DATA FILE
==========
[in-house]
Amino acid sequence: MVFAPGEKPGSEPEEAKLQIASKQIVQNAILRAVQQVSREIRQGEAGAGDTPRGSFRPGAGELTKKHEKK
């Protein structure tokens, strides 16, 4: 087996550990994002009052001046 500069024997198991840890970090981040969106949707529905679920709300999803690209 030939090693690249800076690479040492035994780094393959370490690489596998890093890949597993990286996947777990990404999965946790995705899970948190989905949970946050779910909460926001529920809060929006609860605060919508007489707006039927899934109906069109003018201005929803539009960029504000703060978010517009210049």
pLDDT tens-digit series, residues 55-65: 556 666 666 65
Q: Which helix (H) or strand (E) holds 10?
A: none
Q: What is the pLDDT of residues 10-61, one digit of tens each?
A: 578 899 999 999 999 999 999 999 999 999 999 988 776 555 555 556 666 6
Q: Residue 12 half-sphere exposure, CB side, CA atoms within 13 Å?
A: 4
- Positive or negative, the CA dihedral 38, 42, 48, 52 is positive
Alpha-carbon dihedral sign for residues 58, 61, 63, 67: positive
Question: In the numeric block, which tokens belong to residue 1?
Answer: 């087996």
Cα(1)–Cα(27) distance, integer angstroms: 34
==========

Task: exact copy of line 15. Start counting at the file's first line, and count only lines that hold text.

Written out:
Cα(1)–Cα(27) distance, integer angstroms: 34